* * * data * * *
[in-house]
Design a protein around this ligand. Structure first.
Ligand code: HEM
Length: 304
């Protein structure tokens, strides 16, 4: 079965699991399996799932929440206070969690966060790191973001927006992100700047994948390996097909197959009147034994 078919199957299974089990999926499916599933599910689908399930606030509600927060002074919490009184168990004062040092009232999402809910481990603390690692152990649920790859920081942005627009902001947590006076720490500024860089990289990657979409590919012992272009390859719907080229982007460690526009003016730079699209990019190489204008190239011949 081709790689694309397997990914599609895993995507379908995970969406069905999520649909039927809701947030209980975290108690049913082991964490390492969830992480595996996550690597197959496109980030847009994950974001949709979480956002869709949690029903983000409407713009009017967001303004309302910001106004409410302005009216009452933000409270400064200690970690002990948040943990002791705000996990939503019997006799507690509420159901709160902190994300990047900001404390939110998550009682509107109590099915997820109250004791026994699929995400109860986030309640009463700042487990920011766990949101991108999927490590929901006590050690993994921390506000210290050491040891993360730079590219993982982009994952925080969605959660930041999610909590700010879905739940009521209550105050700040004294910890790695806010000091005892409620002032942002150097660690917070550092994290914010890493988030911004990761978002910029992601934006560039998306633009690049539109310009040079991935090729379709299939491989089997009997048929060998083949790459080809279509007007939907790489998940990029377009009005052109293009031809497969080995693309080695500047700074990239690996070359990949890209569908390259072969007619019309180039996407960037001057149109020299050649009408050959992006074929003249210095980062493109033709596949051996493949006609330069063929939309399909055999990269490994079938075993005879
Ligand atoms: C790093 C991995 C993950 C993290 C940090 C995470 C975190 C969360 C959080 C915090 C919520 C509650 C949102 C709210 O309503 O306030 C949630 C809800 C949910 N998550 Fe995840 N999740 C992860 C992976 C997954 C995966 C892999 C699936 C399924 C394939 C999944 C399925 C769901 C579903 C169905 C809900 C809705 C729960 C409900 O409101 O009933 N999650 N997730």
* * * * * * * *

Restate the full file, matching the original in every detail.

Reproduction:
[in-house]
Design a protein around this ligand. Structure first.
Ligand code: HEM
Length: 304
């Protein structure tokens, strides 16, 4: 079965699991399996799932929440206070969690966060790191973001927006992100700047994948390996097909197959009147034994 078919199957299974089990999926499916599933599910689908399930606030509600927060002074919490009184168990004062040092009232999402809910481990603390690692152990649920790859920081942005627009902001947590006076720490500024860089990289990657979409590919012992272009390859719907080229982007460690526009003016730079699209990019190489204008190239011949 081709790689694309397997990914599609895993995507379908995970969406069905999520649909039927809701947030209980975290108690049913082991964490390492969830992480595996996550690597197959496109980030847009994950974001949709979480956002869709949690029903983000409407713009009017967001303004309302910001106004409410302005009216009452933000409270400064200690970690002990948040943990002791705000996990939503019997006799507690509420159901709160902190994300990047900001404390939110998550009682509107109590099915997820109250004791026994699929995400109860986030309640009463700042487990920011766990949101991108999927490590929901006590050690993994921390506000210290050491040891993360730079590219993982982009994952925080969605959660930041999610909590700010879905739940009521209550105050700040004294910890790695806010000091005892409620002032942002150097660690917070550092994290914010890493988030911004990761978002910029992601934006560039998306633009690049539109310009040079991935090729379709299939491989089997009997048929060998083949790459080809279509007007939907790489998940990029377009009005052109293009031809497969080995693309080695500047700074990239690996070359990949890209569908390259072969007619019309180039996407960037001057149109020299050649009408050959992006074929003249210095980062493109033709596949051996493949006609330069063929939309399909055999990269490994079938075993005879
Ligand atoms: C790093 C991995 C993950 C993290 C940090 C995470 C975190 C969360 C959080 C915090 C919520 C509650 C949102 C709210 O309503 O306030 C949630 C809800 C949910 N998550 Fe995840 N999740 C992860 C992976 C997954 C995966 C892999 C699936 C399924 C394939 C999944 C399925 C769901 C579903 C169905 C809900 C809705 C729960 C409900 O409101 O009933 N999650 N997730």